It typically presents in the paediatric population (4-6 years of age) and there is a recognised male predilection.
Although the aetiology remains unknown, a vascular incident is suspected. Delayed bone age has also been noted in some cases and may play a part in the pathogenesis of this entity.
- navicular may appear wafer-like (thinned) and fragmented
- demonstrates patchy sclerosis (similar to osteonecrosis elsewhere)
- often associated soft tissue swelling
Cross-sectional imaging is usually not required but may be necessary if pain persists or the diagnosis is not clear.
Treatment and prognosis
Köhler disease often tends to be self-limiting and heals spontaneously with reossification and reconstitution within a few years. Application of a below-knee weight-bearing cast may improve symptoms and is recommended, typically for 6-to-7 weeks.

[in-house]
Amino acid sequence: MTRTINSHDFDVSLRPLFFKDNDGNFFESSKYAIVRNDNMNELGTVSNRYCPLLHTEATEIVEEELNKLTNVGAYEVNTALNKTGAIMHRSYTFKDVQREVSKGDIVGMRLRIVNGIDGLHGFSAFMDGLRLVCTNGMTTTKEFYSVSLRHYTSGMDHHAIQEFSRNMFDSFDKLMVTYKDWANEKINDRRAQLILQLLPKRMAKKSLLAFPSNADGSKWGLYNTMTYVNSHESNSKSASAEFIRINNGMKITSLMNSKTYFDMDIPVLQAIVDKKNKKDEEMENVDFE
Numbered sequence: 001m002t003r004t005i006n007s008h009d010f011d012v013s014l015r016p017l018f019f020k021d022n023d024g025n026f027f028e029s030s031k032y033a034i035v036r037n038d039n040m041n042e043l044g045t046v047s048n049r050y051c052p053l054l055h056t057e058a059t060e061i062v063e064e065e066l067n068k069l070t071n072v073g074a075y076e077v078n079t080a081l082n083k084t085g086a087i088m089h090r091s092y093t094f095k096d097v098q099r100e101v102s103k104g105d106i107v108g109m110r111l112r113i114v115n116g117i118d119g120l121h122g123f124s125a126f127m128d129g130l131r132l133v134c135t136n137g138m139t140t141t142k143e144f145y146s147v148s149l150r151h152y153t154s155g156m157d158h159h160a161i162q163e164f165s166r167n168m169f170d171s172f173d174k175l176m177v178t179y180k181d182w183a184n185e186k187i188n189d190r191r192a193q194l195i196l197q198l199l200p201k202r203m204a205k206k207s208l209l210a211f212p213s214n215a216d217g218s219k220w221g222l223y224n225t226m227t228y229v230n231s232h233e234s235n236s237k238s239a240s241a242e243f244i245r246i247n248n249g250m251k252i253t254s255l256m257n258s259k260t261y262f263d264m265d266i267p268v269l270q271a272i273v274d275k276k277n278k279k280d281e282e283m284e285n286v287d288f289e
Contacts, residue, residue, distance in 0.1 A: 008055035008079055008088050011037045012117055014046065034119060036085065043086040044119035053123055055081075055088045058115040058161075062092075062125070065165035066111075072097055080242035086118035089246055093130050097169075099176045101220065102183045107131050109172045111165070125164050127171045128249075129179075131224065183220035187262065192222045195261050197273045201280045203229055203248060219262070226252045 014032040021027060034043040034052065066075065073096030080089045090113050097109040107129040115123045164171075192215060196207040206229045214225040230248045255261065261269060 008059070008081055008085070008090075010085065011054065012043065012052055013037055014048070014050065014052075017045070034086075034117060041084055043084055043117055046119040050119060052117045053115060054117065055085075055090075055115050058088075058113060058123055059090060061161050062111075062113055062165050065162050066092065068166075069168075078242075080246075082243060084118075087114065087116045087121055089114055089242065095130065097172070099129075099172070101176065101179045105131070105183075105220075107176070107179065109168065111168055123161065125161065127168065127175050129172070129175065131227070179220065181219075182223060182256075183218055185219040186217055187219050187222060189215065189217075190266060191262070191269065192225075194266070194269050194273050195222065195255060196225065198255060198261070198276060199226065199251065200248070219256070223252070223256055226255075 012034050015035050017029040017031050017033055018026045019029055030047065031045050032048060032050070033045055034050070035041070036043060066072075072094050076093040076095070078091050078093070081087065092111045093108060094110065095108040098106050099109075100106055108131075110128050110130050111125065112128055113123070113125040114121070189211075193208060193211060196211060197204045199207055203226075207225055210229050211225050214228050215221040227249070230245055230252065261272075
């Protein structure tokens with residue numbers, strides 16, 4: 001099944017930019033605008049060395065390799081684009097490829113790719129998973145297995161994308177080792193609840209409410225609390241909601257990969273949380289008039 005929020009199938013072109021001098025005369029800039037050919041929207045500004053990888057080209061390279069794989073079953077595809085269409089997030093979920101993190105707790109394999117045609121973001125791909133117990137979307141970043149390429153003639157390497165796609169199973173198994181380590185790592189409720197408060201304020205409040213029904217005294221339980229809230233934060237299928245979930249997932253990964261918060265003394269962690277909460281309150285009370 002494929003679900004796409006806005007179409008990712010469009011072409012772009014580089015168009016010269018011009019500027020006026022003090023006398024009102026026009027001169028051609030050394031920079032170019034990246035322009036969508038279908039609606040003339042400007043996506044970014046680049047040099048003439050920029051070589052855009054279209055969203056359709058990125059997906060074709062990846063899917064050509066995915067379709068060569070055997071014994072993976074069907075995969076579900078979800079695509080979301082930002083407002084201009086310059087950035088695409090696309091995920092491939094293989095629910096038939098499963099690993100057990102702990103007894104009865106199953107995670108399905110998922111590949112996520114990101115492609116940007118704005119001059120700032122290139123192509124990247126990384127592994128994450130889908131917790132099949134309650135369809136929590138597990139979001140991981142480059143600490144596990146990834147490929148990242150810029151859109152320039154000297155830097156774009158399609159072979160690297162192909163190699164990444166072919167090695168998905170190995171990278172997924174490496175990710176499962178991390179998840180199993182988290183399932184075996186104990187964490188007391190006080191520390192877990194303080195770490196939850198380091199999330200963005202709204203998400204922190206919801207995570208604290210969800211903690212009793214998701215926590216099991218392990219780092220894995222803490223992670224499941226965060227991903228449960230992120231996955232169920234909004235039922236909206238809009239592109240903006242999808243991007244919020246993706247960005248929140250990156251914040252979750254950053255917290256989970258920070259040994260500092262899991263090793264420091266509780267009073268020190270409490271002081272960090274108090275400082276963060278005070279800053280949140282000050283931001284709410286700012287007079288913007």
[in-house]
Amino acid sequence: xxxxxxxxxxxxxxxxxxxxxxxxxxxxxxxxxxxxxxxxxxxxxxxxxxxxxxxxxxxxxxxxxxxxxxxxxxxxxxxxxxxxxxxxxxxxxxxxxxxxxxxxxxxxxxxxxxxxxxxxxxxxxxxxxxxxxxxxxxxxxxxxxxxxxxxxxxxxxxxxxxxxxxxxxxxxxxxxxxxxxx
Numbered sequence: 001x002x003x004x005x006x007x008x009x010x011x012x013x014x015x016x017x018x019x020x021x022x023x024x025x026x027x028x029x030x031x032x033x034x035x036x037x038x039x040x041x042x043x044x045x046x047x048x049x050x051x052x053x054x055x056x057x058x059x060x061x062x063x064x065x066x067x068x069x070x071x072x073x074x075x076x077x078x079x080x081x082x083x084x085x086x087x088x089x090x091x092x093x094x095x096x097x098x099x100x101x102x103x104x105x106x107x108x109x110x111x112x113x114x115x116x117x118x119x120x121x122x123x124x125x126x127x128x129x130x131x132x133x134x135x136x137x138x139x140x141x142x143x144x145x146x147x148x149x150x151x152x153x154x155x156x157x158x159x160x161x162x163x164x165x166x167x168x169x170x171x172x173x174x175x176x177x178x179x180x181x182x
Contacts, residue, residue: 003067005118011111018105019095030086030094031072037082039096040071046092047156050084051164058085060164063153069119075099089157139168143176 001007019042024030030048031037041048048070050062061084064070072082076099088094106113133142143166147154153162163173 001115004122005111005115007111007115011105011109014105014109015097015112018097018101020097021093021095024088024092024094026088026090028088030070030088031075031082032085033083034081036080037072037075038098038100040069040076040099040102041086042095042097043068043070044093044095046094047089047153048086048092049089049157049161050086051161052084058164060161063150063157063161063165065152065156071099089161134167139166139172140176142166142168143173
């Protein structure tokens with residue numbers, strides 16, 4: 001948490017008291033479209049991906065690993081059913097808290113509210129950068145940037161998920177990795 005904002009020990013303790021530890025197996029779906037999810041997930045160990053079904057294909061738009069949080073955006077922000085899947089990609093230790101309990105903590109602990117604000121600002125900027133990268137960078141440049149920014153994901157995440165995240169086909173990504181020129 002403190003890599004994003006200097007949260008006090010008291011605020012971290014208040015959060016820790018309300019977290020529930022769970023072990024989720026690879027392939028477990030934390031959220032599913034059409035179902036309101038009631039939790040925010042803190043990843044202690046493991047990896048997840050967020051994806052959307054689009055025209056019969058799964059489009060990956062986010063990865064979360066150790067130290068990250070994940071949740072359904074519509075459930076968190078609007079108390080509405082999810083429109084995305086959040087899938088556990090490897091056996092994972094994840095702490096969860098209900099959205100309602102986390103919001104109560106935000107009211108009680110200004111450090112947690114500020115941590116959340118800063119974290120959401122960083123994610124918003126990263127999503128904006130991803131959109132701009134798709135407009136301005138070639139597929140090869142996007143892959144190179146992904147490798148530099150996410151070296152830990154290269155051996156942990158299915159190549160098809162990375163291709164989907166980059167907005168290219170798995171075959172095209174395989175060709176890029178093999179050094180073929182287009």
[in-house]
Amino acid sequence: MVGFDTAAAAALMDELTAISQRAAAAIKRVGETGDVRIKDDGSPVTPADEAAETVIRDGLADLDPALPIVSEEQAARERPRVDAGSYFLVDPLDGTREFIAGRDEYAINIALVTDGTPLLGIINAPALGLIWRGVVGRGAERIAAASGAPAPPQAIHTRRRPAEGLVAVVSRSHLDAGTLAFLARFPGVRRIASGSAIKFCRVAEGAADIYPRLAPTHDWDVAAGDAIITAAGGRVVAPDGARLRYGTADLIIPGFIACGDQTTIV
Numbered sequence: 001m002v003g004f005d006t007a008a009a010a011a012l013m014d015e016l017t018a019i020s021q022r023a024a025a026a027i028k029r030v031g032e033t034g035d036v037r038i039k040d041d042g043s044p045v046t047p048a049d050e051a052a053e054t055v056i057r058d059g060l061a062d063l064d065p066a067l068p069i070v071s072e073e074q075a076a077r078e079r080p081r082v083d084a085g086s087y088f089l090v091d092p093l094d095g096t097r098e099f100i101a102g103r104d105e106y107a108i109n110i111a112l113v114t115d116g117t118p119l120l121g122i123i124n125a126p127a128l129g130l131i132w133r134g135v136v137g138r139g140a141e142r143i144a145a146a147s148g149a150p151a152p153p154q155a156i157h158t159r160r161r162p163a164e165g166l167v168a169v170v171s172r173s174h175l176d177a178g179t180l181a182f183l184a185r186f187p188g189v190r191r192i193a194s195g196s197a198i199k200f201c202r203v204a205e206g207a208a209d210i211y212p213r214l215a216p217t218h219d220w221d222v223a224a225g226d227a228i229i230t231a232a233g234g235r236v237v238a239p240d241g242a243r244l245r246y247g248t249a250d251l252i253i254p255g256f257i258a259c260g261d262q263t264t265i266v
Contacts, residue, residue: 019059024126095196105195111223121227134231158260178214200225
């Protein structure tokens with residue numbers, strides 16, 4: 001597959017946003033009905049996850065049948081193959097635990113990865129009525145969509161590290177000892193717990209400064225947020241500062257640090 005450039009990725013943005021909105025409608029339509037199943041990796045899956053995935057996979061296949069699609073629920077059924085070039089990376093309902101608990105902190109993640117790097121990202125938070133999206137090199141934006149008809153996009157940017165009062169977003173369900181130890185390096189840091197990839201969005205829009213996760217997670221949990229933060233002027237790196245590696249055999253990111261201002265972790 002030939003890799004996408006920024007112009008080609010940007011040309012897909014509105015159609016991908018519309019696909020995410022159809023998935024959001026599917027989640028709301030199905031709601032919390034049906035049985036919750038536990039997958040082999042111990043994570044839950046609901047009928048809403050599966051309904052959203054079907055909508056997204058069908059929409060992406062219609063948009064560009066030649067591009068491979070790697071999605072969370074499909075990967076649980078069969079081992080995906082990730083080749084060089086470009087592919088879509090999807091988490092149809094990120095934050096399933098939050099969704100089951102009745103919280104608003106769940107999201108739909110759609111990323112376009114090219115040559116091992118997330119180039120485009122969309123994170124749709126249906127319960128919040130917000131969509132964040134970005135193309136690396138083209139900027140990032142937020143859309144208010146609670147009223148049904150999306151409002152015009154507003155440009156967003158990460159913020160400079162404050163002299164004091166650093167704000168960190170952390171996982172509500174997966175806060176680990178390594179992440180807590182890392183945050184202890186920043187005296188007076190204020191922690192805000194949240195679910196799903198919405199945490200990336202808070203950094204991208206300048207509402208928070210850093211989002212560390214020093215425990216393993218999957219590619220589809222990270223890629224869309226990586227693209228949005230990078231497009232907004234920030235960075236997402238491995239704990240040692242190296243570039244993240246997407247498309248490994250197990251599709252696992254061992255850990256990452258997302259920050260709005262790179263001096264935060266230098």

History and etymology
It was first described in 1908 by Alban Köhler, a German radiologist (1874-1947) 1.
Usually, there is little difficulty in making the diagnosis. If symptoms persist then tarsal coalition should be sought.
- 1. Köhler A. Über eine häufige, bisher anscheinend unbekannte Erkrankung einzelner kindlicher Knochen. Münchener medizinische Wochenschrift. 1908, 55: 1923-1925.
- 2. Stanton BK, Karlin JM, Scurran BL. Köhler's disease. J Am Podiatr Med Assoc. 1992;82 (12): 625-9. - Pubmed citation
- 3. Sharp RJ, Calder JD, Saxby TS. Osteochondritis of the navicular: a case report. Foot Ankle Int. 2003;24 (6): 509-13. - Pubmed citation
- 4. Haller J, Sartoris DJ, Resnick D et-al. Spontaneous osteonecrosis of the tarsal navicular in adults: imaging findings. AJR Am J Roentgenol. 1988;151 (2): 355-8. doi:10.2214/ajr.151.2.355 - Pubmed citation
- 5. Rosenberg ZS, Beltran J, Bencardino JT. From the RSNA Refresher Courses. Radiological Society of North America. MR imaging of the ankle and foot. Radiographics. 2000;20 Spec No (suppl_1): S153-79. doi:10.1148/radiographics.20.suppl_1.g00oc26s153 - Pubmed citation